Enforcing accountability in the workplace is going to result in less turnover and happier, more productive employees who view their jobs as positive and meaningful. Individually owning the outcome of a task is going to empower your employees and make their contribution to the project evident.
On the other hand, holding your employees accountable is also going to promote better customer service. Owning things individually will avoid confusion amongst your team in not being completely clear on who is in charge of what, delaying service to your customers or clients.
A blog post by Ian Cornett from Eagle’s Flight reinforces this idea:
Responsibility at Work and the Benefits
Taking responsibility in the workplace is essential to your team’s success. To achieve this success, employees need to want to take responsibility for new projects and see the value in it.
This is the foundation of responsibility, although it is in motivating and inspiring your team that you will notice your employees taking personal responsibility for their tasks. According to Jason Armstrong, in order to inspire your team to take responsibility, you must lead by example and hold yourself responsible for motivating and inspiring them:
Tips for Managers to Develop Accountability and Responsibility
1 Act on the feedback you get to improve company procedures and interactions
Lead by example, driving suggestions into action, based on the feedback you ask for and receive from your group. Demonstrate both responsibility and accountability for your actions and project outcomes. In doing so, you are going to encourage and influence your employees to do the same. If it is easily noticed that you are putting in the work based on their feedback, your team is likely going to apply the same effort in taking responsibility and holding themselves accountable.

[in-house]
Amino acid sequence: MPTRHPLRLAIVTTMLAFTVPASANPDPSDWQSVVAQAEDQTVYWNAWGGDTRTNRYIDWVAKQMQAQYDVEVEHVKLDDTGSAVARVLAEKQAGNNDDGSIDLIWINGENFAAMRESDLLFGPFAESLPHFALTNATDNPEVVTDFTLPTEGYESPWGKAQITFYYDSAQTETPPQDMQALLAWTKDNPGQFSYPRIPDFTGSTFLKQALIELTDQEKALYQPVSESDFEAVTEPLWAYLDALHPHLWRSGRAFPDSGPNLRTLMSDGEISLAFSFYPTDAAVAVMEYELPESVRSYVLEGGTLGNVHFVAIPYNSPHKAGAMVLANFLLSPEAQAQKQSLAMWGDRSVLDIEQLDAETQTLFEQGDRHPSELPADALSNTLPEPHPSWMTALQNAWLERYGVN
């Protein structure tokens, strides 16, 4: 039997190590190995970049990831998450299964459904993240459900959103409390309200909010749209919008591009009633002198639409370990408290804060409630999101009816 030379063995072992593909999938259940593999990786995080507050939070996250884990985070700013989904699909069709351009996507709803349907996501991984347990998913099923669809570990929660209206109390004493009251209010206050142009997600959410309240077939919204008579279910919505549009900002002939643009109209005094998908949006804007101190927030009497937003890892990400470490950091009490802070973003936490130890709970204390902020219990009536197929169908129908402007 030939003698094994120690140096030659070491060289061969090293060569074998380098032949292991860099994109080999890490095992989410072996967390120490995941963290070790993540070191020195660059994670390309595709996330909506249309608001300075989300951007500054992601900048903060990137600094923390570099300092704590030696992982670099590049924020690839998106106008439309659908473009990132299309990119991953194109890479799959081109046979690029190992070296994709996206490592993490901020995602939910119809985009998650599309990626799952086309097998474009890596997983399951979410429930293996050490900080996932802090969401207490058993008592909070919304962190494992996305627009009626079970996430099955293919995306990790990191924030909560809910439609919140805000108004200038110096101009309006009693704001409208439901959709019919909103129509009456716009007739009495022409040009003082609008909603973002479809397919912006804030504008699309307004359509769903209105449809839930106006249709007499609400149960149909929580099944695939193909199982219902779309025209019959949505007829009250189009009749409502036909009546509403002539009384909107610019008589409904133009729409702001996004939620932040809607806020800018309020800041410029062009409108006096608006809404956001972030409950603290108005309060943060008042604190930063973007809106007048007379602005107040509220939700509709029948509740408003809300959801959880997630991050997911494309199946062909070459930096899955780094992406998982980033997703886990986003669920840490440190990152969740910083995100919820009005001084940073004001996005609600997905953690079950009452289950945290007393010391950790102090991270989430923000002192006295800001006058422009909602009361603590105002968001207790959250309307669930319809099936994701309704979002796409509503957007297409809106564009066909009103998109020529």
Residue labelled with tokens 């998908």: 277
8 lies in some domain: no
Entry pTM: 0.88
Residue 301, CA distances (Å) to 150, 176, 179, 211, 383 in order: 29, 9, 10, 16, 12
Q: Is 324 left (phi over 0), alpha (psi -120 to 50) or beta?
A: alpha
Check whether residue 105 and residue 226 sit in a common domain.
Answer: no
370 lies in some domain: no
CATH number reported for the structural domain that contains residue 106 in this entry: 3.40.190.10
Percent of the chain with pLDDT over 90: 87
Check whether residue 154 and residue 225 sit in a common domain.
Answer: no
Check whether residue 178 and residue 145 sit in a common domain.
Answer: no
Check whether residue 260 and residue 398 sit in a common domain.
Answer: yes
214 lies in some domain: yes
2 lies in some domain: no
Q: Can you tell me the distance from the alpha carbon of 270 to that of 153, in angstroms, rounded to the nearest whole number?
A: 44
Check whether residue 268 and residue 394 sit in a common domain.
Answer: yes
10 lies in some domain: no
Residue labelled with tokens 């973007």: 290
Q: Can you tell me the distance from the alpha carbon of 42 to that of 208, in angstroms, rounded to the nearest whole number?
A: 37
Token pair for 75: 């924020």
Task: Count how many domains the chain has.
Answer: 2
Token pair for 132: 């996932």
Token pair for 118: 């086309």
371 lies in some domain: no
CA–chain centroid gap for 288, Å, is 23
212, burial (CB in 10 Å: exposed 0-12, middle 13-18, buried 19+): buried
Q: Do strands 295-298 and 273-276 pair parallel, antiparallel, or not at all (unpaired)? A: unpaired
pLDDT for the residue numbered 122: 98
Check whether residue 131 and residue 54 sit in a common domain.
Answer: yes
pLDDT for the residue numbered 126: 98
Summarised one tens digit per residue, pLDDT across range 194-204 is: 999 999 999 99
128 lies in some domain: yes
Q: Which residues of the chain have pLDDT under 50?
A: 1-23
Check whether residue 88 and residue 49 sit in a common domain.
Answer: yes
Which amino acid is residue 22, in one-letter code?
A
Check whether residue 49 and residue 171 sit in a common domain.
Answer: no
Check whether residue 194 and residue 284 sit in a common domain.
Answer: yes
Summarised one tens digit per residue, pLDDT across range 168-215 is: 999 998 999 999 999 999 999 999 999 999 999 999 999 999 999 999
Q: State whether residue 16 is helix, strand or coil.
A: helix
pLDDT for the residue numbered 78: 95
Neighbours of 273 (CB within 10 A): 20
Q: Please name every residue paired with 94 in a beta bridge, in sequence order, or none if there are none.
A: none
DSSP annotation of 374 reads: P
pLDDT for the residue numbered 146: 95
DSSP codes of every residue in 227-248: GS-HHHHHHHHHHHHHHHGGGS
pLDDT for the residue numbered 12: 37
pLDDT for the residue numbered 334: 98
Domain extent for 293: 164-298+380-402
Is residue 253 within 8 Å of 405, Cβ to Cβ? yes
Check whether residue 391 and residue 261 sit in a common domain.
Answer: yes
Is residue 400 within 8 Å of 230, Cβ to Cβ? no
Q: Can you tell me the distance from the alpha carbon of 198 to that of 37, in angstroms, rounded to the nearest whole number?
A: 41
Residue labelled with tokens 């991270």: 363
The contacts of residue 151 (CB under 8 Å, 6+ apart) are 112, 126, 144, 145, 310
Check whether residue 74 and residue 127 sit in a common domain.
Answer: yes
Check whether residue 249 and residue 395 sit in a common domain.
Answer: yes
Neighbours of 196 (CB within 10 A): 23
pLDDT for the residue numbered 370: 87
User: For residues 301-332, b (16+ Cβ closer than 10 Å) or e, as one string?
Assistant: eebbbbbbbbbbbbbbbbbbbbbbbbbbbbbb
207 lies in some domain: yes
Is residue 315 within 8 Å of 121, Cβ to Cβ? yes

2 Make an effort to understand the perspectives of others
This effort means understanding the responsibilities of your group, to then determine the fairness of your expectations and ways to keep them accountable for their work.
💡 Pro tip: Use your weekly team meetings as a space to understand and assign each person’s responsibilities, and make sure to ask for your teammates’ feedback and perspectives on what the team is working on.
3 Make expectations clear through effective communication
As a leader, you know that situations continuously change and evolve. Ensure you are engaging in ongoing communication with your team to give them the latest updates and to understand how these changing parts may impact their ability to deliver results.
Although the difference between accountability and responsibility is often blurred, they hold very key distinctions. It is in understanding these differences that you will be able to ensure that the right people are assigned to particular tasks and which people will be held accountable for the results generated. It will also make evident the number of people that you need to complete a job and how your group can work together to fulfill their responsibilities, while still holding each other accountable for individual ownership.